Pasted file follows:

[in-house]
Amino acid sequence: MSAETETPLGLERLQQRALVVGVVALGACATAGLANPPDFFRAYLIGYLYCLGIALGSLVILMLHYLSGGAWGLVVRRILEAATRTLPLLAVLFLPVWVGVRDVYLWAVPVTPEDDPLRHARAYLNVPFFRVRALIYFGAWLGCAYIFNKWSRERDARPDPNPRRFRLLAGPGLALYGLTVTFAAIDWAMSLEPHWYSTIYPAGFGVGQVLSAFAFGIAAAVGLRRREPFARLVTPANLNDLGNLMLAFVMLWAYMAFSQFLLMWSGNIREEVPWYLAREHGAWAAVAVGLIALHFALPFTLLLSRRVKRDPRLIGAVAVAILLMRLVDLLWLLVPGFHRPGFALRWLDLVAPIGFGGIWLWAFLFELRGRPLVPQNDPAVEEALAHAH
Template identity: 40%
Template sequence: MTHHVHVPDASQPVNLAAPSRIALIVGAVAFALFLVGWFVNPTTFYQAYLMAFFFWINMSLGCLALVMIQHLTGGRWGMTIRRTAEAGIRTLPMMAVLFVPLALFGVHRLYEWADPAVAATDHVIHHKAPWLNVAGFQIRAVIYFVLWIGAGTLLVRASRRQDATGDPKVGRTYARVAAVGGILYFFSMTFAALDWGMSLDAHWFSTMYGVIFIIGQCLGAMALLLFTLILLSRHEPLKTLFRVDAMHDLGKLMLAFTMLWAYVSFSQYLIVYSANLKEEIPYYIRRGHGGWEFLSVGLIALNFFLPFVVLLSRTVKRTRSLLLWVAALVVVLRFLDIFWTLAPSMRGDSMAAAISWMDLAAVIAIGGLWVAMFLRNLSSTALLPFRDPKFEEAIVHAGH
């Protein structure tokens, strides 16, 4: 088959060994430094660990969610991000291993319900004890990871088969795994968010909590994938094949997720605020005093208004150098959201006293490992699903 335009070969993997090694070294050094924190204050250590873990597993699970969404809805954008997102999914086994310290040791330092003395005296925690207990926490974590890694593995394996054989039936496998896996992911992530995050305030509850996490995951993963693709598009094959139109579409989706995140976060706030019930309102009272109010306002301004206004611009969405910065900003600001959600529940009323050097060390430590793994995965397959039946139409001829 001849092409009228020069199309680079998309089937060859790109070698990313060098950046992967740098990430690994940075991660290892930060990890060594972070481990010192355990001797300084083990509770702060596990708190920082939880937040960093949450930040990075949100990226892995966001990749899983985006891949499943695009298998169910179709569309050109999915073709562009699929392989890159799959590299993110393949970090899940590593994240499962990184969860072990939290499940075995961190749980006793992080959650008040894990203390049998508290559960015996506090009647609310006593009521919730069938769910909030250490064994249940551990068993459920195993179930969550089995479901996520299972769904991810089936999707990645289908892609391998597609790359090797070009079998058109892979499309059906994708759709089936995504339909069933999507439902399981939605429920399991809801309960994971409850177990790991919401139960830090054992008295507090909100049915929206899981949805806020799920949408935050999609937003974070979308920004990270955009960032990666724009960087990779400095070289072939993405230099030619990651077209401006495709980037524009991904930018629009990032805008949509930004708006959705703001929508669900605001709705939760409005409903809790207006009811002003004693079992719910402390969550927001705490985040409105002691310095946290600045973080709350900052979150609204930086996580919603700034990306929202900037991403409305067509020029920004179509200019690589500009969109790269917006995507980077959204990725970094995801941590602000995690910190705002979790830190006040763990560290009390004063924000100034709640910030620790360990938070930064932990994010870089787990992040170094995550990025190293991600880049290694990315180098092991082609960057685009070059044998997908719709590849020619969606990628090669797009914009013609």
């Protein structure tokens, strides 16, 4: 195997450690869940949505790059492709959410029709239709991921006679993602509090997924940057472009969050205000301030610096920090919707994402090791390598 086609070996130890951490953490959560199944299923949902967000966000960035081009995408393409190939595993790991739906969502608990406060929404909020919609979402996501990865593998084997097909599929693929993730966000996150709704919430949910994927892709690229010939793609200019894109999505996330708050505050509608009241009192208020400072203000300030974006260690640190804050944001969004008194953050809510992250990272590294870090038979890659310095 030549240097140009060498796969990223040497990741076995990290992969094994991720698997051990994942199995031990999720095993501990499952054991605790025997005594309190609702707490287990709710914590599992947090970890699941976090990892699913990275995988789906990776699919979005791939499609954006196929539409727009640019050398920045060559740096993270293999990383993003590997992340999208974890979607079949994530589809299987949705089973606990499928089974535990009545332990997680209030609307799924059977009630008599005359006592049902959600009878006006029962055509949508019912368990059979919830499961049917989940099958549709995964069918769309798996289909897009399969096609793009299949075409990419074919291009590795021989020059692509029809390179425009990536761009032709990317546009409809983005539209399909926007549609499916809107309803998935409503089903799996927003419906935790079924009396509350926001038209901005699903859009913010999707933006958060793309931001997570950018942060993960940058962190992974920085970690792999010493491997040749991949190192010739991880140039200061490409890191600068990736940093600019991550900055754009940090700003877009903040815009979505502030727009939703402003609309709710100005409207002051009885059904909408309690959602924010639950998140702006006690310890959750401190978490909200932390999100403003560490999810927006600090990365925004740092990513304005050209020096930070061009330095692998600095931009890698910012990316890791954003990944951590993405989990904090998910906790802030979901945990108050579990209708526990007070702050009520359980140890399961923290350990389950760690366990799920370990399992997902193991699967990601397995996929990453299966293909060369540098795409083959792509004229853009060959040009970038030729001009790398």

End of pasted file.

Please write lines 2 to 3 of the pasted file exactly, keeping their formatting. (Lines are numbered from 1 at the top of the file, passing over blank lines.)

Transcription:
Amino acid sequence: MSAETETPLGLERLQQRALVVGVVALGACATAGLANPPDFFRAYLIGYLYCLGIALGSLVILMLHYLSGGAWGLVVRRILEAATRTLPLLAVLFLPVWVGVRDVYLWAVPVTPEDDPLRHARAYLNVPFFRVRALIYFGAWLGCAYIFNKWSRERDARPDPNPRRFRLLAGPGLALYGLTVTFAAIDWAMSLEPHWYSTIYPAGFGVGQVLSAFAFGIAAAVGLRRREPFARLVTPANLNDLGNLMLAFVMLWAYMAFSQFLLMWSGNIREEVPWYLAREHGAWAAVAVGLIALHFALPFTLLLSRRVKRDPRLIGAVAVAILLMRLVDLLWLLVPGFHRPGFALRWLDLVAPIGFGGIWLWAFLFELRGRPLVPQNDPAVEEALAHAH
Template identity: 40%